When it comes to food choices, what counts is quality.


Calories are one of the first items listed on the Nutrition Facts label of packaged foods, and many of us approach them like the dietary bogeyman, fearing too many will make us fat.  Americans have such a negative connotation about the word ‘calorie’.  But calories are just a measure of the energy in food.  And here’s a surprise: many nutrition experts aren’t fans (me included) of counting calories.  Many patients try really hard to count and restrict calories, and it doesn’t work.  The reason they can’t lose weight isn’t because you can’t do math.  It just isn’t that simple. So what do you need to know about calories?


Start by letting go of the following myths:

  • Less is More.  It seems counterintuitive, but eating too little actually makes it more difficult to lose weight.   If you restrict too much, your body goes into starvation mode.  As you eat less, your metabolism adjusts to run on fewer calories.  Then there’s the stress that comes with dieting.  Restricting and counting calories boosts levels of cortisol, a stress hormone linked to weight gain.  If you must count calories, limit it to just a week.  This will reveal plenty about the quality and quantity of your diet.
  • It’s just calories in, calories out.  This argument is so simple and appealing.  That’s the beauty of it.  The downside is it is just one piece of the story.  That’s because the way our bodies use calories is complex.  The idea that humans are just buckets that you pour calories into the top and calories come out the bottom isn’t supported by the evidence.  And the evidence is so strong that in most cases total calories isn’t the right focus.  Calorie-counting is a distraction that often leads to poor nutritional choices.  There is an endless list of personal, food industry, and government decisions that are at best useless and at worst harmful because of the focus on total calories.  Examples range from school nutrition programs that favor high-fructose-corn-syrup-laden chocolate skim milk over plain whole milk to food manufacturers who cut out healthful fats to trim calories.  Make smarter choices: A 100-calorie snack pack of cookies offers little in the way of nutrition compared to 100 calories’ worth of nuts, which contain protein, healthy fat, fiber, minerals and vitamins in addition to calories.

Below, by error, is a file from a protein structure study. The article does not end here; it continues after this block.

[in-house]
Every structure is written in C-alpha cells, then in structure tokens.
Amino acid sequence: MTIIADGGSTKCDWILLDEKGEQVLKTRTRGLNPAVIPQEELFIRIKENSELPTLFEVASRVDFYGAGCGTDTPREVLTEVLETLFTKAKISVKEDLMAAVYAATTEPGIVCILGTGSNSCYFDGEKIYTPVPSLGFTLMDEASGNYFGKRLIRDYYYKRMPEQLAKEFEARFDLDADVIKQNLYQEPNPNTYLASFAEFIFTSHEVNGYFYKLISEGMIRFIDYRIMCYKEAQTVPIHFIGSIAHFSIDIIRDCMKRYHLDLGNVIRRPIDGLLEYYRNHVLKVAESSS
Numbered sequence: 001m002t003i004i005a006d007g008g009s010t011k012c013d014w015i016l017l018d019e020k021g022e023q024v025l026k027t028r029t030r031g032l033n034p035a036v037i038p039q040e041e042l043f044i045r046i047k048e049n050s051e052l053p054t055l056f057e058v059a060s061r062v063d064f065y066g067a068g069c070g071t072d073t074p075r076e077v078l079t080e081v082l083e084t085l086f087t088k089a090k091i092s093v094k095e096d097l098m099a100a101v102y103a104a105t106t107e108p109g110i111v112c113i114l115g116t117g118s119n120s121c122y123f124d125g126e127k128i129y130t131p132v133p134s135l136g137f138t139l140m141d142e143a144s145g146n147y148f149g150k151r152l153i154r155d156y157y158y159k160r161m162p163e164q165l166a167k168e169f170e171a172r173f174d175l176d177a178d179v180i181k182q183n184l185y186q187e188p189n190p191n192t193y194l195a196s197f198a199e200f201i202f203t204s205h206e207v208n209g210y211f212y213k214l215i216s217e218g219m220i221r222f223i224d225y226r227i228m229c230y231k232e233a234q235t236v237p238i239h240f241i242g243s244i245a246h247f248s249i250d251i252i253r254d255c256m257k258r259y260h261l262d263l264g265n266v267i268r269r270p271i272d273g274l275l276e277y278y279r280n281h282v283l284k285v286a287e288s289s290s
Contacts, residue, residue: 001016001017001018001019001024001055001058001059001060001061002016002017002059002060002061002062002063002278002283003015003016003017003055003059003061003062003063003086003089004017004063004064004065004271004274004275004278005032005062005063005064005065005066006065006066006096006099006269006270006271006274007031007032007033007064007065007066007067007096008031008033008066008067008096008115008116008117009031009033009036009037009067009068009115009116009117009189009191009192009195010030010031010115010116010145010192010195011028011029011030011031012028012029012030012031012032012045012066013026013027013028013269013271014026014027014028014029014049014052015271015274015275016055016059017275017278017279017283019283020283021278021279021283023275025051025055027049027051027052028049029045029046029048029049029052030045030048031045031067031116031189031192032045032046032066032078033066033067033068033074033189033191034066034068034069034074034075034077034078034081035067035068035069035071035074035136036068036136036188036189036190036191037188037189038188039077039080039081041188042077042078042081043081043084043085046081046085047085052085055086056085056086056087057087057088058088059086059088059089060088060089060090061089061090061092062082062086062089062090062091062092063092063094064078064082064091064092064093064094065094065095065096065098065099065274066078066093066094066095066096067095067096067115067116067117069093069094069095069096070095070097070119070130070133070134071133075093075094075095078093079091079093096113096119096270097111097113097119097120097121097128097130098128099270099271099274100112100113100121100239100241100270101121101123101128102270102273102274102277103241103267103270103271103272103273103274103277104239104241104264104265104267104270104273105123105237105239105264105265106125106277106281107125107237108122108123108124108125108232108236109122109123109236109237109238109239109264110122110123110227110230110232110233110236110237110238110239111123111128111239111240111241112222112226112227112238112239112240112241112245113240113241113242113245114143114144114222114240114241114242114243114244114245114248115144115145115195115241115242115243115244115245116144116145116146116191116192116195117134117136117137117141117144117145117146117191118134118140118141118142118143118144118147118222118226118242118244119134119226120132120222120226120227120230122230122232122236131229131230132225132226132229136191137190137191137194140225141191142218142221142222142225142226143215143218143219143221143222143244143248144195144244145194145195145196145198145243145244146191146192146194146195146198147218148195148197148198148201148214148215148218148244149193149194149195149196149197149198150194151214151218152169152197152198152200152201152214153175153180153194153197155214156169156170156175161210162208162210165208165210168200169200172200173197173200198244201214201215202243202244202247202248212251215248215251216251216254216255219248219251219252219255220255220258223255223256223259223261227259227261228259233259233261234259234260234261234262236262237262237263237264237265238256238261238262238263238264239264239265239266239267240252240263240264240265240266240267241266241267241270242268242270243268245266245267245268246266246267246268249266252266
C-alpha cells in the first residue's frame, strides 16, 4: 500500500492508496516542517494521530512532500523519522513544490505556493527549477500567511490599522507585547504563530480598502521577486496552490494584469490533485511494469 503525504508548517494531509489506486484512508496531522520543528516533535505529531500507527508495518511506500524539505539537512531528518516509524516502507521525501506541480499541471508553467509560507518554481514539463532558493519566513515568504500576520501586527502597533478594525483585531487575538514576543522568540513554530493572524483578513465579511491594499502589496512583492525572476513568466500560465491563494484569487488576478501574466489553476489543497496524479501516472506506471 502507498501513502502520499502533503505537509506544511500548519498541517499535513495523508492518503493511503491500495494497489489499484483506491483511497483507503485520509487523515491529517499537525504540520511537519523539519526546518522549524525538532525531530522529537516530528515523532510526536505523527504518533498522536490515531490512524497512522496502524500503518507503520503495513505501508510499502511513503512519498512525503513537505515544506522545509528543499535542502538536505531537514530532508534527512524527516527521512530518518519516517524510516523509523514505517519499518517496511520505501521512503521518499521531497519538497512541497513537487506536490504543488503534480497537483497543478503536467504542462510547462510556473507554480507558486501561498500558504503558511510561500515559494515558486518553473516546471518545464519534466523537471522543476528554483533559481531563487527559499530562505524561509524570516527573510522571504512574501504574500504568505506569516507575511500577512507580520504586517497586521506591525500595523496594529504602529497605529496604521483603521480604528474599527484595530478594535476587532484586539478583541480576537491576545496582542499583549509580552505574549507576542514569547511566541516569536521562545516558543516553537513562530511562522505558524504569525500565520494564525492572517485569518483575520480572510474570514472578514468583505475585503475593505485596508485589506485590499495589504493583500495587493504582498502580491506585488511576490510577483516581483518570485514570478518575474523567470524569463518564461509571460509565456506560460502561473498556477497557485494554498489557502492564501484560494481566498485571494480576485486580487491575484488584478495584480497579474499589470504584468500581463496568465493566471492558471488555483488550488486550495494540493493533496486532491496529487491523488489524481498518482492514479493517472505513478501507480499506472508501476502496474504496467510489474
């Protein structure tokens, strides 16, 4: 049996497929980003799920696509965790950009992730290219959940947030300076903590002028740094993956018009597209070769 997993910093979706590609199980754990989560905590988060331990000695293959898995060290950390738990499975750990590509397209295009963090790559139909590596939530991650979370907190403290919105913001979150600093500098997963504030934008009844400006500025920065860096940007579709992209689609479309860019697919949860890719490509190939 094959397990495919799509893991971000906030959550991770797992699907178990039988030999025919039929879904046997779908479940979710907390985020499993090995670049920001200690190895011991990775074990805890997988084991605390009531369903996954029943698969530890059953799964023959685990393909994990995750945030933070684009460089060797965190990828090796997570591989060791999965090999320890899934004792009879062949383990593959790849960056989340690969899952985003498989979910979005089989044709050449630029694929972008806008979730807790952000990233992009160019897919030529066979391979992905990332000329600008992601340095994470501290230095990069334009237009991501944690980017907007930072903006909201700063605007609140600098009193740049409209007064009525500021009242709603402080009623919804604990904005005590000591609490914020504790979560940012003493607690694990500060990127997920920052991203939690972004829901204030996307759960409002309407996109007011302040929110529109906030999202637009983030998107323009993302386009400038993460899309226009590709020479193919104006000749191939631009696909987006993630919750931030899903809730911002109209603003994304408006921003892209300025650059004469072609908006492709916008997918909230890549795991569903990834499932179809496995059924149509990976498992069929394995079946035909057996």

• All calories are created equal.  How your body uses calories depends on the quality of the food around the calorie.  What you eat is way more important than how much you eat for your overall health.  The foods we eat have very different effects on brain reward and cravings, on liver function, on production of fat, on glucose, insulin and other hormonal responses, on our gut microbiomes, and on our fat-cell responses.  Calories are like gas in a car: quality affects performance.  The quality of fuel you put in affects how your body runs.  It really does matter what those calories are, especially for satiety and energy.  Two hundred-fifty calories of fruit and nuts are different from a 250 calorie honey bun.  Fruit and nuts are full of nutrients and satisfying fiber, protein and fat, while the honey bun is a refined starch and trans-fat bomb that will have you prowling for a snack an hour later.  Feed it right, and your body does a good job of managing your appetite and regulating calories without your having to count.   Shifting some calories away from carbohydrates and toward healthful fats and (a little) more protein helps people shed belly fat while maintaining more lean muscle mass than they do on a higher-carbohydrate diet.  Eat fat and protein because you’re much less likely to overeat.  Calories from fat and protein are more satisfying than carbohydrates because you digest them more slowly, which signals your brain to stop eating.  Focus on the quality of what you’re eating and the rest will take care of itself.

Alison Ashton